I agree with most of what Pete Wishart says about how EVEL was brought to this House. It is an unnecessary change to Standing Orders, because the Conservatives and the Government have a majority in both England and Wales, and across the UK. They do not have to use this process to get legislation through. All it has done, as the Conservatives have done consistently over the past few years, is create more division, which the SNP—if SNP Members do not mind me saying—thrives on in this House.
That brings me to the motion and the Standing Order. We have now added to English votes for English laws the issue of income tax. I am delighted that income tax has been devolved to the Scottish Parliament. It is a shame that members of the Scottish National party, who have spent their entire lives fighting for more powers to be devolved to the Scottish Parliament, failed to use that in their most recent Budget, because they did not want a differential between Scottish and English rates. That is the irony of the position.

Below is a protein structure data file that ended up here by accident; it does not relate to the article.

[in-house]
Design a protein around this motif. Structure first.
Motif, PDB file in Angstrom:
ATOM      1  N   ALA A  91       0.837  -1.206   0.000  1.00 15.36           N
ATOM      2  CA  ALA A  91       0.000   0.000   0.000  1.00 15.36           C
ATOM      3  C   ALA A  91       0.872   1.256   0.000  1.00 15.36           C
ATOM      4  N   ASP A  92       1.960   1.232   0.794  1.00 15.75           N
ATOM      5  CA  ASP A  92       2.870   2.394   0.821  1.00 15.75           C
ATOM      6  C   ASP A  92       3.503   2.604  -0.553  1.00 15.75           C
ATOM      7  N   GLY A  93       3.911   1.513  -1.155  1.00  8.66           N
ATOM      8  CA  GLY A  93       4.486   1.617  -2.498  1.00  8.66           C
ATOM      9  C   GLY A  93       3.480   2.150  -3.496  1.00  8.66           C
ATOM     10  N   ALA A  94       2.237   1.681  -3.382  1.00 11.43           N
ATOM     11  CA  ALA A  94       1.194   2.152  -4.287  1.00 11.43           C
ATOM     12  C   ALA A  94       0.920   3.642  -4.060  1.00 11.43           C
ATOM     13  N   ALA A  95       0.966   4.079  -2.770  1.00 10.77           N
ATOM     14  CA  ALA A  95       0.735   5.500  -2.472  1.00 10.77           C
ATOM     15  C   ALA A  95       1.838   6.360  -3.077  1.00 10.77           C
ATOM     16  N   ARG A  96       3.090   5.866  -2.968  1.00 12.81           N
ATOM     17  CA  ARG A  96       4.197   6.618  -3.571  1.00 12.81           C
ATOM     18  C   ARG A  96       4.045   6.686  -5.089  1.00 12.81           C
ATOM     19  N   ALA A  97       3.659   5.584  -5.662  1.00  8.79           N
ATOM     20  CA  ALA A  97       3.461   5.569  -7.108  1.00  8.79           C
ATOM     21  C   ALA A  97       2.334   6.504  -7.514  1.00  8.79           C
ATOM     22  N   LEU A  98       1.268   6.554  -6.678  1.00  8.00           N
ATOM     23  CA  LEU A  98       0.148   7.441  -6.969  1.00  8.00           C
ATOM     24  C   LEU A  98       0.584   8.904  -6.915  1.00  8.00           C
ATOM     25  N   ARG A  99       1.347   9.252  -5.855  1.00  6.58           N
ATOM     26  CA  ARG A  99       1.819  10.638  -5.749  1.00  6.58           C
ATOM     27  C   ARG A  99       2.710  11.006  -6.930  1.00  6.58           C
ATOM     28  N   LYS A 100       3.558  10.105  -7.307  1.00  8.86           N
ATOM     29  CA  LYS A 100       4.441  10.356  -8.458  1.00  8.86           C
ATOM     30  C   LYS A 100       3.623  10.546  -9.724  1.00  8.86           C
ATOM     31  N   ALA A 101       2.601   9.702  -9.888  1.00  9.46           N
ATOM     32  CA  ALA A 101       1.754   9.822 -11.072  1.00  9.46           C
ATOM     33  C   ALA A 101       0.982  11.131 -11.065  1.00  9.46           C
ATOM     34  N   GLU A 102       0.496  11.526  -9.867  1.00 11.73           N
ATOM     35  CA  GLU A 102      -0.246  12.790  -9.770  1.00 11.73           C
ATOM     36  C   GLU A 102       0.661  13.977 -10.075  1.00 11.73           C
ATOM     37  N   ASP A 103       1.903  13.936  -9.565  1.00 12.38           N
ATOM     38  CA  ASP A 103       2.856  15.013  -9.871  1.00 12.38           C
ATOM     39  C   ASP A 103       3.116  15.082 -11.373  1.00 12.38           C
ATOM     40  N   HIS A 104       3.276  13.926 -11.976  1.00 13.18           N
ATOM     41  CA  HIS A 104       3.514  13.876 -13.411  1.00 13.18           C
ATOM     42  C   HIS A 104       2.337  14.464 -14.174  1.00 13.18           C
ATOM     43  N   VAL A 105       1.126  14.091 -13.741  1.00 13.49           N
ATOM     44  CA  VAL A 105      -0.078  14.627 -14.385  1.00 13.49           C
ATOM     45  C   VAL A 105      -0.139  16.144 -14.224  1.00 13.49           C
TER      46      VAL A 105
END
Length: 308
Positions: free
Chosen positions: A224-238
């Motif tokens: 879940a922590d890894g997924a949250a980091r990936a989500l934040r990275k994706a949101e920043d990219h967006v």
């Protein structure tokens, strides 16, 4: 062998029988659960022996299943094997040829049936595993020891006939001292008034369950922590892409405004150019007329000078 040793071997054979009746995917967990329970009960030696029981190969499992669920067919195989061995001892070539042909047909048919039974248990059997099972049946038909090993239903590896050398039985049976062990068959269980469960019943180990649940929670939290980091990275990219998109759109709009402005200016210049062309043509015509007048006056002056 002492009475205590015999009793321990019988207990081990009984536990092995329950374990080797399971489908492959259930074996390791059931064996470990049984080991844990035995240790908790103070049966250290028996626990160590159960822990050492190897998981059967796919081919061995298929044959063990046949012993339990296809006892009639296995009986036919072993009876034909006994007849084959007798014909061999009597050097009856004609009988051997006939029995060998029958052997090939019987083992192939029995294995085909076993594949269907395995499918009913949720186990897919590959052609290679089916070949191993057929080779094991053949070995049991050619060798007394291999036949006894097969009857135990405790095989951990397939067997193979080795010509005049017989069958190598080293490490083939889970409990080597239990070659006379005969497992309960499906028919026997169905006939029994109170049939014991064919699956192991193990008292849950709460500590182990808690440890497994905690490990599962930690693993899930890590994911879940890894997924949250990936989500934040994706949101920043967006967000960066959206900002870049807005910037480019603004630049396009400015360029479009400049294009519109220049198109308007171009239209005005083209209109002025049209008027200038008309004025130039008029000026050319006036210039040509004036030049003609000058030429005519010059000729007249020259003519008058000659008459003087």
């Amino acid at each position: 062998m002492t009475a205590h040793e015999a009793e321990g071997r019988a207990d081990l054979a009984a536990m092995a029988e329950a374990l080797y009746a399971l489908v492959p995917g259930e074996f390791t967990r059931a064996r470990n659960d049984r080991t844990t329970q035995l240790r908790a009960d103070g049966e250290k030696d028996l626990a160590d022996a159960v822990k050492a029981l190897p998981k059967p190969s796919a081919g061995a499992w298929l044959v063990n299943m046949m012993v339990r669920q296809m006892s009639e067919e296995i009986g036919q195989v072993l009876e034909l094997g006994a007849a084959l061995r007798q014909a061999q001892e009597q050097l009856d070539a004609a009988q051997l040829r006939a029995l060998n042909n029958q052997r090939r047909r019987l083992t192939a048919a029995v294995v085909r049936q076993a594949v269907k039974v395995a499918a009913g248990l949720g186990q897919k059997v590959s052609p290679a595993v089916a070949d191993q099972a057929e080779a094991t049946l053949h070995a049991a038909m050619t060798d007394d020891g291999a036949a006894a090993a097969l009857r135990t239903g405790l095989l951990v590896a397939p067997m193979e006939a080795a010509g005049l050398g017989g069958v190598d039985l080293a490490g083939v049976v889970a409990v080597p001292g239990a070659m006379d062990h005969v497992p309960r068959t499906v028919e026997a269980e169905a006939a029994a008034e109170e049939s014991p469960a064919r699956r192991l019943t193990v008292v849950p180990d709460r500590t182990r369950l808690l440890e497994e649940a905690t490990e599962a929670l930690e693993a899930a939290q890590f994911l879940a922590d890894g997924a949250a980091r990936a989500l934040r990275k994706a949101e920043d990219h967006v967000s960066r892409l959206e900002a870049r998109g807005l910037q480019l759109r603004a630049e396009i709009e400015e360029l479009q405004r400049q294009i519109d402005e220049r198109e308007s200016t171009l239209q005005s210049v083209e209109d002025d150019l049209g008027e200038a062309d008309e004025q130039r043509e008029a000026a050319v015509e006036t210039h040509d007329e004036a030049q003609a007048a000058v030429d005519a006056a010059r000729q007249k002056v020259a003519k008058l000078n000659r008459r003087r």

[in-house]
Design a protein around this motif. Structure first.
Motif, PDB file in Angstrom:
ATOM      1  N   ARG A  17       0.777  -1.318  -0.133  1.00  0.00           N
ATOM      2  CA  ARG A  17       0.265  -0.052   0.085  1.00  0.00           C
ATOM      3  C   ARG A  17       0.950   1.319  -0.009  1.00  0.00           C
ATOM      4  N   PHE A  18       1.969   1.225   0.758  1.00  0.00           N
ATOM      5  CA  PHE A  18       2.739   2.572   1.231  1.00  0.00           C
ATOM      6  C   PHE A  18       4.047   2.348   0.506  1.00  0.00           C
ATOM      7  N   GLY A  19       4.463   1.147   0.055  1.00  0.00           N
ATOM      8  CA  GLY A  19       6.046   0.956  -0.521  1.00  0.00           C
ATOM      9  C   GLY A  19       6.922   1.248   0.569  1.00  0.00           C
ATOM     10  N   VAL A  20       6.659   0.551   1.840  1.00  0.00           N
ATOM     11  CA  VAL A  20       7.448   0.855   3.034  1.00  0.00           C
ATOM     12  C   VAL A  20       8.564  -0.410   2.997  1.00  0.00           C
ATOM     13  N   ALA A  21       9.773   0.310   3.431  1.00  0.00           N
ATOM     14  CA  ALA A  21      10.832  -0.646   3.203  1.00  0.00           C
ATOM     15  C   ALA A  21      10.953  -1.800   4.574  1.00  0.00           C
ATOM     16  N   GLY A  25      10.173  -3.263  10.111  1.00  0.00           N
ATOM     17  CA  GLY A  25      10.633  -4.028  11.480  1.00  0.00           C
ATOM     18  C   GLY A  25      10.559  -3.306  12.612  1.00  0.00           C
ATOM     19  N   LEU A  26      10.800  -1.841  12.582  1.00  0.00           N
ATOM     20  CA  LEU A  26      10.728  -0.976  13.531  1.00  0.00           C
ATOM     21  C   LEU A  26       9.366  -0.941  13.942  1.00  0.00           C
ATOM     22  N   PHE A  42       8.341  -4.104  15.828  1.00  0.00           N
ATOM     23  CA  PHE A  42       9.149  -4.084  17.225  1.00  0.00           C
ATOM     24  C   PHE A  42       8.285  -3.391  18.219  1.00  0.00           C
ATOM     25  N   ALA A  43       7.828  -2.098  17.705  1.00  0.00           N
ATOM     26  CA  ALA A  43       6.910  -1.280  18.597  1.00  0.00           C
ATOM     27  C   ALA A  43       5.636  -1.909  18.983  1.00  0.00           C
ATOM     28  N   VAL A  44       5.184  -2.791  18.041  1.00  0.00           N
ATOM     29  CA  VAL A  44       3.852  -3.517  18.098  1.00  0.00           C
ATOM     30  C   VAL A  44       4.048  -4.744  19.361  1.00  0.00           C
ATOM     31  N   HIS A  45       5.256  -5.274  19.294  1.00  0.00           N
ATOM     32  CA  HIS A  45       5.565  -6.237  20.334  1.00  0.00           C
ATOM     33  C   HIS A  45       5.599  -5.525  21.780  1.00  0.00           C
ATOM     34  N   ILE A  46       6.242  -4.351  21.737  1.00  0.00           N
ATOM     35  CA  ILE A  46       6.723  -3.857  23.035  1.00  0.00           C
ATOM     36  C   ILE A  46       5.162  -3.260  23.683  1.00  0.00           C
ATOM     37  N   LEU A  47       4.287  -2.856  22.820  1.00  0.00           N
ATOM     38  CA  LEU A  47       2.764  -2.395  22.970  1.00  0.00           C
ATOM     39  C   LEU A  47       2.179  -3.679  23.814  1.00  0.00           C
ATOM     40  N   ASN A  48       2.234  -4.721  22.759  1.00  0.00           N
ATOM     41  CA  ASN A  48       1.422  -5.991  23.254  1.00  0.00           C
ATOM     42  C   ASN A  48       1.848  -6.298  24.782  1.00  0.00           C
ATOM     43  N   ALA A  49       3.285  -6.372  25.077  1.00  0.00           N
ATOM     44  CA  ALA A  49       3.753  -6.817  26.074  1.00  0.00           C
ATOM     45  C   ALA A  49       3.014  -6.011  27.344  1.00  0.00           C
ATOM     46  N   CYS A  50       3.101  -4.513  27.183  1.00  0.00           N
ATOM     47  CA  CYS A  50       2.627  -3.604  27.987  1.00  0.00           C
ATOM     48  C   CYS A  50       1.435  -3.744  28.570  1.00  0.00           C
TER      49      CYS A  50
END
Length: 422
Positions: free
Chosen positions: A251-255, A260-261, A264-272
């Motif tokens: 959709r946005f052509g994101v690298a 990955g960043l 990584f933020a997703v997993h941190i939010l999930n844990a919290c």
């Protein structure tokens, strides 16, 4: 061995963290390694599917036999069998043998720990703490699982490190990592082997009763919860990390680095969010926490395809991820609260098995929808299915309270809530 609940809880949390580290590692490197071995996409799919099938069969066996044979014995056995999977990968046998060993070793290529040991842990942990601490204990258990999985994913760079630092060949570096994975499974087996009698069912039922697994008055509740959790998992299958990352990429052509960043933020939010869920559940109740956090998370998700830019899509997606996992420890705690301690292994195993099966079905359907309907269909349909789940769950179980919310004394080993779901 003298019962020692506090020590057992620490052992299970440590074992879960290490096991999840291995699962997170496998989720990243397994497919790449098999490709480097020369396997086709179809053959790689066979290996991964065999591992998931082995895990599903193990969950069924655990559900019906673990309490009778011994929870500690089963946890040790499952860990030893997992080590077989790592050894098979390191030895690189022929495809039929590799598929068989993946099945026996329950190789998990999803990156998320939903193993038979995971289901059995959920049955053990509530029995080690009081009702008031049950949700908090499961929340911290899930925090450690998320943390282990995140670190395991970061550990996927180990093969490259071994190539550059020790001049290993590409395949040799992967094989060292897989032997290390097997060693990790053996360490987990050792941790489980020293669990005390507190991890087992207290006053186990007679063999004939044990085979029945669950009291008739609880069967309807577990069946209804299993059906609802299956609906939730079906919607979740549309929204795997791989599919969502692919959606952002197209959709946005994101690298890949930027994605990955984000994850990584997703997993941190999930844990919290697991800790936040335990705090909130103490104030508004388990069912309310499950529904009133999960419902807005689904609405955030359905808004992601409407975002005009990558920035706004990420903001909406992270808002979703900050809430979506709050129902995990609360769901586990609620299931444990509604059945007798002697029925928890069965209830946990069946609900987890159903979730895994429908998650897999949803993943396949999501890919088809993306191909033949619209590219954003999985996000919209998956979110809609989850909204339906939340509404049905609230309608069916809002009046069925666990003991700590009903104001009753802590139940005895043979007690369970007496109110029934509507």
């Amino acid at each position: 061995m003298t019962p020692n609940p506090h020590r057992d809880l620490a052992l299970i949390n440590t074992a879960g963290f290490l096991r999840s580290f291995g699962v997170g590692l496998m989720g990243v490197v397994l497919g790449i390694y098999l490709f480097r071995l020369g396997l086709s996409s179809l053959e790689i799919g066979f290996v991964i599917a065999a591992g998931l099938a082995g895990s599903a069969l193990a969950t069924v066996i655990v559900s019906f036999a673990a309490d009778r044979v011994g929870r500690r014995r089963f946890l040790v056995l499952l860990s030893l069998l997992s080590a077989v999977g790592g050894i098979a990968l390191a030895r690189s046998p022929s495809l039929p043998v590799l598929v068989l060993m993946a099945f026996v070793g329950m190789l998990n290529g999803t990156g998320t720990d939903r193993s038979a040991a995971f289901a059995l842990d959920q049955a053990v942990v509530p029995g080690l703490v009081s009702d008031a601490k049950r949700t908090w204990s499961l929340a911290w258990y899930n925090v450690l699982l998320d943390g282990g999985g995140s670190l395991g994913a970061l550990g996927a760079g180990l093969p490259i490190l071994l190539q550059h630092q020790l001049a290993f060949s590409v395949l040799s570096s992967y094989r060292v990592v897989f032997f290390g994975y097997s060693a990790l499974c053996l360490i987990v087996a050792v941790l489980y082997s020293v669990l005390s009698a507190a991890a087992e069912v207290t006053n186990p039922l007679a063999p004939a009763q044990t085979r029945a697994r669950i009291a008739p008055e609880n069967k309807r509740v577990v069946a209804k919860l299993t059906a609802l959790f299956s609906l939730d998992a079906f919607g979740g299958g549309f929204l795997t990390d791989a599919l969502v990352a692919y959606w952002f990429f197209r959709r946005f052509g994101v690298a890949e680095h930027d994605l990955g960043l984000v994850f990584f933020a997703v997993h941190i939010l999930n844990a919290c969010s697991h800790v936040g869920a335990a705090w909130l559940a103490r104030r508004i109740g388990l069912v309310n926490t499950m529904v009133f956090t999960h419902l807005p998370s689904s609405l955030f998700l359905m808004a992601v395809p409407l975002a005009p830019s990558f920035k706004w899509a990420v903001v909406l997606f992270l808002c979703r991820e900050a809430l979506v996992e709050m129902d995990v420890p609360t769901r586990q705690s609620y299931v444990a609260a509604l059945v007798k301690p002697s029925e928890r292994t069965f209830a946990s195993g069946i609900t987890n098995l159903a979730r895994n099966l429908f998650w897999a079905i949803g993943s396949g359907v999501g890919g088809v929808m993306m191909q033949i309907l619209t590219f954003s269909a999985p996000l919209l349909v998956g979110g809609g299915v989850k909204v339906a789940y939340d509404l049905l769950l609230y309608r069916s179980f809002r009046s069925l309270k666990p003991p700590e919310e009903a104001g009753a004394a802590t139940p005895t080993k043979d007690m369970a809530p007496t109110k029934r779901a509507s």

Adding the income tax issue to the EVEL provisions, Madam Deputy Speaker, not only undermines the principle of the House, but puts pressure on you, and on Mr Speaker’s office, to determine, when dealing with a Finance Bill, whether a provision should indeed be invoked under the EVEL regulations. That means—this is why I intervened on the Leader of the House earlier—that an individual clause in the Finance Bill could rightly say, “We will set the following rates of income tax as part of the Finance Bill for England and Wales,” but the Chancellor could come to the Dispatch Box tomorrow and, hypothetically, say, “We will reduce income tax by x pence in the pound, and we will pay for it with an increase in national insurance.” The income tax rates in the Finance Bill will be in a separate clause, and that will then have to be determined by Mr Speaker and his office, but the national insurance increases will be in another part of the Bill that will not be subject to EVEL.